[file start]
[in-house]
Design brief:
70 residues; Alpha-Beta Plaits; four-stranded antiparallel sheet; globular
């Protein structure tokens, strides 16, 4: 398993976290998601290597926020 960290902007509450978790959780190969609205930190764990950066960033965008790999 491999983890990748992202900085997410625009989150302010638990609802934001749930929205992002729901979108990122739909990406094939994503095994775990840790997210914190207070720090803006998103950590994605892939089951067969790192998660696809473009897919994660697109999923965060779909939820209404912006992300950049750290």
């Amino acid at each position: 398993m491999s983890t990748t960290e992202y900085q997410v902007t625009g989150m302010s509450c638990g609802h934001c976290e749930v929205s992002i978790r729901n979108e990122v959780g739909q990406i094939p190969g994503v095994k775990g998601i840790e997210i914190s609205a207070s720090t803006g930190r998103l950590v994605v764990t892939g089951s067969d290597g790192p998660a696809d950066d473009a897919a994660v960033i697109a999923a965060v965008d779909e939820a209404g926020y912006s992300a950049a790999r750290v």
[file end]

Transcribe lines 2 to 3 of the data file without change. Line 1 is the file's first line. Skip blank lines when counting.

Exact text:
Design brief:
70 residues; Alpha-Beta Plaits; four-stranded antiparallel sheet; globular